great deal


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References in classic literature ?
It is, however, a truly elegant city (very superior to New York), and I have spent a great deal of time in visiting the various monuments and palaces.
He had seen and done a great deal, enjoyed and observed a great deal; he felt older, and yet he felt younger too.
She did not merely assist, but planned and suggested a great deal herself.
I cannot remember the time when I did not know a great deal that she has not the least notion of yet.
I have mentioned already that Pyotr Petrovitch is just setting off for Petersburg, where he has a great deal of business, and he wants to open a legal bureau.
There was a great deal of low stuff in it about a country gentleman come up to town to stand for parliament-man; and there they brought a parcel of his servants upon the stage, his coachman I remember particularly; but the gentlemen in our gallery could not bear anything so low, and they damned it.
Elton quitted them, and she could not but do him the justice of feeling that there was a great deal of sentiment in his manner of naming Harriet at parting; in the tone of his voice while assuring her that he should call at Mrs.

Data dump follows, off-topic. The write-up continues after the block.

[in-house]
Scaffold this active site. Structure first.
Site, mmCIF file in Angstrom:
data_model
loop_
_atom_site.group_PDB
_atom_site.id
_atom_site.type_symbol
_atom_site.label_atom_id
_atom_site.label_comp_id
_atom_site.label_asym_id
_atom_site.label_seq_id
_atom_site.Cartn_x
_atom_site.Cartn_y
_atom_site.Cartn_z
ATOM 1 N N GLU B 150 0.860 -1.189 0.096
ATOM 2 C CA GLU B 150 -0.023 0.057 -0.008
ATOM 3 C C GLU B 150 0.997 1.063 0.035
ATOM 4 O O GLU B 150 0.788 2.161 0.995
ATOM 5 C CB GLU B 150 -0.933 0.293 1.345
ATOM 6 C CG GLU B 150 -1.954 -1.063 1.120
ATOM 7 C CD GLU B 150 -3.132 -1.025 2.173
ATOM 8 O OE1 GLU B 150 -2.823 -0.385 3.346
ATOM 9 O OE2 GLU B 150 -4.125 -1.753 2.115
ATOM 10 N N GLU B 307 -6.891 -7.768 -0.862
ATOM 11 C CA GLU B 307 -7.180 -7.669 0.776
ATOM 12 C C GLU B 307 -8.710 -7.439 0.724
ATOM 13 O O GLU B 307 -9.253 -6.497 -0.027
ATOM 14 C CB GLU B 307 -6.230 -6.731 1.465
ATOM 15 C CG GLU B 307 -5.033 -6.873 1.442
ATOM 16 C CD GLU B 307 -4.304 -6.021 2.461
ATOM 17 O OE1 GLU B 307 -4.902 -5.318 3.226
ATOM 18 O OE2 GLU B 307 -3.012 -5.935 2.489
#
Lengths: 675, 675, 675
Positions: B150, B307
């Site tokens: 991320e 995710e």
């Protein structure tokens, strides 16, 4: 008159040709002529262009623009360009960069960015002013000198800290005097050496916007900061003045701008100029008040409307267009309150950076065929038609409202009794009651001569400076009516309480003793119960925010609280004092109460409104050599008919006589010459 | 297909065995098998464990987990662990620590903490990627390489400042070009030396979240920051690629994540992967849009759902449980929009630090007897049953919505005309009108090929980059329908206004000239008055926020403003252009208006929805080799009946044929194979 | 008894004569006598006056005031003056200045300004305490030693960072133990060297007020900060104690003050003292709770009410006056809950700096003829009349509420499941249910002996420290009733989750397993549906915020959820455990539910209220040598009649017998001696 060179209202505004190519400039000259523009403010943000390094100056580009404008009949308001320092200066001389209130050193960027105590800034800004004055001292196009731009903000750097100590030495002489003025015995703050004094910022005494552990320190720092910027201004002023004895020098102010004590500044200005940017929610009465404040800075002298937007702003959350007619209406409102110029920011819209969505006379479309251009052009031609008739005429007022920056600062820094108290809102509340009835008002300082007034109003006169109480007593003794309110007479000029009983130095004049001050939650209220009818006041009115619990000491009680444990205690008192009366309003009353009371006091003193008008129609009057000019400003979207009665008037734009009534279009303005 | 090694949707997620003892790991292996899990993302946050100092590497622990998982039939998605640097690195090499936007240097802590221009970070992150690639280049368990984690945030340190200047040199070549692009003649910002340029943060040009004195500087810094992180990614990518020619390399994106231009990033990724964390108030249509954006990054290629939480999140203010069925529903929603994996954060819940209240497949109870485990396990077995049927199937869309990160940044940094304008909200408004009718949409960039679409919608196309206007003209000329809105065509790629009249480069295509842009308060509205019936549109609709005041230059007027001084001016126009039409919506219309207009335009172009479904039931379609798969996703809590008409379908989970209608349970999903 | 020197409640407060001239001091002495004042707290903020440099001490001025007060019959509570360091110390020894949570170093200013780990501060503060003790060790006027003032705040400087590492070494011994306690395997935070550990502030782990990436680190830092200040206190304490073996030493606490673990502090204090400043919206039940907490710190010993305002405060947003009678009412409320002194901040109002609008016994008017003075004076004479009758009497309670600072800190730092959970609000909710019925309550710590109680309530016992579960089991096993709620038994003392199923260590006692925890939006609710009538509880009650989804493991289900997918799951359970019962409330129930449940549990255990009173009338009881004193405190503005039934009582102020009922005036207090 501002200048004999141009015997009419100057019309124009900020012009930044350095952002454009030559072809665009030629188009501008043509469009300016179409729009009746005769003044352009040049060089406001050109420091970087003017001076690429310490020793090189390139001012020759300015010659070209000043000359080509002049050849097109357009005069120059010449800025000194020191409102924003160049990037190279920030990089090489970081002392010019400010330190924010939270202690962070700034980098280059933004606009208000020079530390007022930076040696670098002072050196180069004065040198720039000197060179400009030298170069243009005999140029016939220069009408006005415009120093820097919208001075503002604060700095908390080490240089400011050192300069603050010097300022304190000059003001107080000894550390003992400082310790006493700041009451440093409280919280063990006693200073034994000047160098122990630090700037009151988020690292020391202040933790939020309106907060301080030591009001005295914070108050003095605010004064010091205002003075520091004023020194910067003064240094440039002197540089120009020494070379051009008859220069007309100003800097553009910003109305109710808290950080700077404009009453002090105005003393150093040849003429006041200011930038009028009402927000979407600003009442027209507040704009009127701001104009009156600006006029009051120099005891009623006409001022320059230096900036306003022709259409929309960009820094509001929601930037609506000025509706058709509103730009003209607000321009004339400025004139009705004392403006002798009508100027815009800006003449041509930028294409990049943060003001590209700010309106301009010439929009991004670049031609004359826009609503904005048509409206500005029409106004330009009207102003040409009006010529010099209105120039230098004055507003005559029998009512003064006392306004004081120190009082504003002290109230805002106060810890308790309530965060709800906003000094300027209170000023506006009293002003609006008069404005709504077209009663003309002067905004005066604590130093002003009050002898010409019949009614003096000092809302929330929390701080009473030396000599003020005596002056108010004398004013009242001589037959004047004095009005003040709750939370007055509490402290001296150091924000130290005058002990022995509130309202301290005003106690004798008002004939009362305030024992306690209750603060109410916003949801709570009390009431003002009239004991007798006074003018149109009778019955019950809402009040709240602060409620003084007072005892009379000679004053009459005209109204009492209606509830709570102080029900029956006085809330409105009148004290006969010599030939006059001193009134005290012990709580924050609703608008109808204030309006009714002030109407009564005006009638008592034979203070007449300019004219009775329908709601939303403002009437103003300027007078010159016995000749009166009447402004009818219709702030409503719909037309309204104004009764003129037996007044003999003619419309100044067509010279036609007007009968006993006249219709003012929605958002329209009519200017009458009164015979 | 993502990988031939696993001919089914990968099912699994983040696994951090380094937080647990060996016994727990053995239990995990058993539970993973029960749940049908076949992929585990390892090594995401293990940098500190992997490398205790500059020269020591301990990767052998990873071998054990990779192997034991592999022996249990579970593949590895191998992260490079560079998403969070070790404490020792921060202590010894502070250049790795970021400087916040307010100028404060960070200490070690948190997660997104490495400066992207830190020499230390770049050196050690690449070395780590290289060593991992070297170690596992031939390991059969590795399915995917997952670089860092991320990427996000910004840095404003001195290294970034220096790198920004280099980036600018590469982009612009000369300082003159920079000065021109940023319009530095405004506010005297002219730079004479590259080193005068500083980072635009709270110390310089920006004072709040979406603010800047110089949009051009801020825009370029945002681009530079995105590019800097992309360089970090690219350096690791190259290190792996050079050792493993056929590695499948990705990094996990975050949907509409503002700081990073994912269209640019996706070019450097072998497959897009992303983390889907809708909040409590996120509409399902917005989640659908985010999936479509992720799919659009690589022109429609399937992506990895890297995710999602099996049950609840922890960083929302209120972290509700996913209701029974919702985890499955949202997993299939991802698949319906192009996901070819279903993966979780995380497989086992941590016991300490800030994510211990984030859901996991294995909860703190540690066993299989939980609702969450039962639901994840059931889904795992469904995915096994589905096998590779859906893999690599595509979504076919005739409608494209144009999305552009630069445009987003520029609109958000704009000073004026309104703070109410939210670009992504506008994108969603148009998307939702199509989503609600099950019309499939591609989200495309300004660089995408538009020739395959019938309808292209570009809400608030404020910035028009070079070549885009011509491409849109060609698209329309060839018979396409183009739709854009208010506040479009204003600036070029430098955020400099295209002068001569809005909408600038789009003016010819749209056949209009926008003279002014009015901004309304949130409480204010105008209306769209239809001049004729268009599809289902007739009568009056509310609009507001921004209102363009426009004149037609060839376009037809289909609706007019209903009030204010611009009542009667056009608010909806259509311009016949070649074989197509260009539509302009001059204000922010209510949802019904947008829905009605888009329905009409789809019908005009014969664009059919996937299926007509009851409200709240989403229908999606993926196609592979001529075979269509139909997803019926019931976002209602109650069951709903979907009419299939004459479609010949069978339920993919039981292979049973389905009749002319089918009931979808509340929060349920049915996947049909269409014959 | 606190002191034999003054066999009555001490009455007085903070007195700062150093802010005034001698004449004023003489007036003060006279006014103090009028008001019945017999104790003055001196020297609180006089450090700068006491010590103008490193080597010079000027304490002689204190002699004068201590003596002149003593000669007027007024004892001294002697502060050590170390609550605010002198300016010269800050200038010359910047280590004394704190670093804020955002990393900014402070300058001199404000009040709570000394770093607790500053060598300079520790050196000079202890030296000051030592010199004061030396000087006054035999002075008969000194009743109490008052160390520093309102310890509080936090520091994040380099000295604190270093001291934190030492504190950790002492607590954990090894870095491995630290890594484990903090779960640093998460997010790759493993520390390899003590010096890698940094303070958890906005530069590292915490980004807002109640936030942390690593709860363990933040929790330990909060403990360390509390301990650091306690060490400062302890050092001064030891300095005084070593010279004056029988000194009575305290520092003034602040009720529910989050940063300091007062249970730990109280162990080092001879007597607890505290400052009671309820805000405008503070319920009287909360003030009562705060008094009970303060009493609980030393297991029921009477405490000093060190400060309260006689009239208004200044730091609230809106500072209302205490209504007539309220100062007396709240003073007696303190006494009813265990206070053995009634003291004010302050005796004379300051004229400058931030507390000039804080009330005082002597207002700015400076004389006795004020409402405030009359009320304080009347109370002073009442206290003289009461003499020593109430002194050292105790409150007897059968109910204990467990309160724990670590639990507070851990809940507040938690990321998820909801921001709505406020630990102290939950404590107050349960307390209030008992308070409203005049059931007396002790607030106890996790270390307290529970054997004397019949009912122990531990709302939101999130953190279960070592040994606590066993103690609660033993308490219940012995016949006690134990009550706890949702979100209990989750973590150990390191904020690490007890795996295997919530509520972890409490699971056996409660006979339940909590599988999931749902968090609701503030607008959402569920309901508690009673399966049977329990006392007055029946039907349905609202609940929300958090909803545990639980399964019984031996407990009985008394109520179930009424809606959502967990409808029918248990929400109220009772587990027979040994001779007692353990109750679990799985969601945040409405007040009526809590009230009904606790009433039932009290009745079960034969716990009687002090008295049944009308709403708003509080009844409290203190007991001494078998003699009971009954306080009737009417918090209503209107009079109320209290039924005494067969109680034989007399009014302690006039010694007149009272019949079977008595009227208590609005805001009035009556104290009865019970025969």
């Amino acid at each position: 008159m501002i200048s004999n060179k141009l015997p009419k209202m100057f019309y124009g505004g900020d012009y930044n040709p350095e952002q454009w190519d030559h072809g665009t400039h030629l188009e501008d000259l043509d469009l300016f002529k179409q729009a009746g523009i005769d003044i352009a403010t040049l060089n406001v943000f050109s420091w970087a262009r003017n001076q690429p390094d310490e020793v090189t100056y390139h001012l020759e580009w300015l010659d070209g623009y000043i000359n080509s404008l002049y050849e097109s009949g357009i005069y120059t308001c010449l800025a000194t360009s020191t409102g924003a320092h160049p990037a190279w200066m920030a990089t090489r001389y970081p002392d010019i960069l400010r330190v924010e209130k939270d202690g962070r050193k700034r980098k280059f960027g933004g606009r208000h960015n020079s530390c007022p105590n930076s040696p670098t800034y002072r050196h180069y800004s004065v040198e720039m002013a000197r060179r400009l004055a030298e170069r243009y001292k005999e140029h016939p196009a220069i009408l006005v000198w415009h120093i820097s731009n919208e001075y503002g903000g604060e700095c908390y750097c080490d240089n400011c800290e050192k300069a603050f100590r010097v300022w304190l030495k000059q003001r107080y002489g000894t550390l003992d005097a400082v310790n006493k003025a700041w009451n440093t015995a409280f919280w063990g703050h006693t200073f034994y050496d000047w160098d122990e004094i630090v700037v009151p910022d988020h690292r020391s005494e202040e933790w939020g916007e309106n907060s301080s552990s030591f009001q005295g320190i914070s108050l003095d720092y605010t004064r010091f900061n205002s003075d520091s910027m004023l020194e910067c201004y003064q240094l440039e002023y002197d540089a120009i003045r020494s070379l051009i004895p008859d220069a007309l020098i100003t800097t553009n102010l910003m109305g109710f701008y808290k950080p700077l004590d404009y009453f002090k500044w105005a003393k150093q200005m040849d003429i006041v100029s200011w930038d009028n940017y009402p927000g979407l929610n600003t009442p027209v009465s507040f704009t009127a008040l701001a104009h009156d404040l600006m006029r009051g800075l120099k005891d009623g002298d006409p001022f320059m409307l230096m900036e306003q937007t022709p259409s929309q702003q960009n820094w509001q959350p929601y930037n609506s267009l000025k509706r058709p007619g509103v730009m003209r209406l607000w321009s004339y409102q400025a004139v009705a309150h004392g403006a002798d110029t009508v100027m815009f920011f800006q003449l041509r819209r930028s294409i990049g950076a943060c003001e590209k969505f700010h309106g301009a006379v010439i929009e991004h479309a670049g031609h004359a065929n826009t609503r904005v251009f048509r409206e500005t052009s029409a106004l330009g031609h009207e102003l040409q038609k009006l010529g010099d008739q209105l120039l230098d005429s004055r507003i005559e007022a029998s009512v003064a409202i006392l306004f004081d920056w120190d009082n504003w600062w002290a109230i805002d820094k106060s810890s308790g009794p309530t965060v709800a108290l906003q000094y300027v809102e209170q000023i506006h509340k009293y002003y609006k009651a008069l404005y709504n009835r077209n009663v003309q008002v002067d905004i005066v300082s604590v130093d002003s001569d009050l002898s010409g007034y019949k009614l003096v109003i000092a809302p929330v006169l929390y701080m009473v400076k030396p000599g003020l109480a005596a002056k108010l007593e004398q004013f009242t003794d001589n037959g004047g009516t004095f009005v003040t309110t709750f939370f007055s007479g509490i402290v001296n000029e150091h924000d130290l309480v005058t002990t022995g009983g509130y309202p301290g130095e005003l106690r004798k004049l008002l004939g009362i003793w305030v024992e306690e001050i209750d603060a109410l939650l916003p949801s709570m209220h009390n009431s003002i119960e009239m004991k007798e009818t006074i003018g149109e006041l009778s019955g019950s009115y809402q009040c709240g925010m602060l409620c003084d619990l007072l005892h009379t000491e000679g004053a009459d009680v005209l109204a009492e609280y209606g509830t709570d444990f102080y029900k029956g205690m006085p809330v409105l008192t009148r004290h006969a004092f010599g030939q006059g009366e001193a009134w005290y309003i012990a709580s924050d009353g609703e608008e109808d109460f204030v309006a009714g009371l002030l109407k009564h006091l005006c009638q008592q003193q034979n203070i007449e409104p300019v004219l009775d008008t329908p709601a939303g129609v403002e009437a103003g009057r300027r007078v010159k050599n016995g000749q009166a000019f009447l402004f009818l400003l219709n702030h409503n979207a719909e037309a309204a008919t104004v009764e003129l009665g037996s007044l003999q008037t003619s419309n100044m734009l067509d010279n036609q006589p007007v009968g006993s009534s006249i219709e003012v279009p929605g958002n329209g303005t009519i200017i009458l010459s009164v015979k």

Philip had read a great deal, but he had read without discrimination everything that he happened to come across, and it was very good for him now to meet someone who could guide his taste.
He was very civil to me, and never used me ill; in fact, he did a great deal of stroking and patting when his master was there to see it.
Pickwick declared, in the most solemn and emphatic terms, that he felt a great deal better; whereat his friends were very much delighted, though they had not been previously aware that there was anything the matter with him.
A thousand a-year is a great deal for a mother to give away, to make over for ever; but Mrs.
Herself the widow of only a knight, she gave the dignity of a baronet all its due; and Sir Walter, independent of his claims as an old acquaintance, an attentive neighbour, an obliging landlord, the husband of her very dear friend, the father of Anne and her sisters, was, as being Sir Walter, in her apprehension, entitled to a great deal of compassion and consideration under his present difficulties.
Always I read for pleasure, for the delight of knowing something more; and this pleasure is a very different thing from amusement, though I read a great deal for mere amusement, as I do still, and to take my mind away from unhappy or harassing thoughts.
Here I found that the ship was bulged, and had a great deal of water in her hold, but that she lay so on the side of a bank of hard sand, or, rather earth, that her stern lay lifted up upon the bank, and her head low, almost to the water.
Coleridge and other English critics at the beginning of the present century had a great deal to say concerning a psychological distinction of much importance (as it appeared to them) between the fancy and the imagination.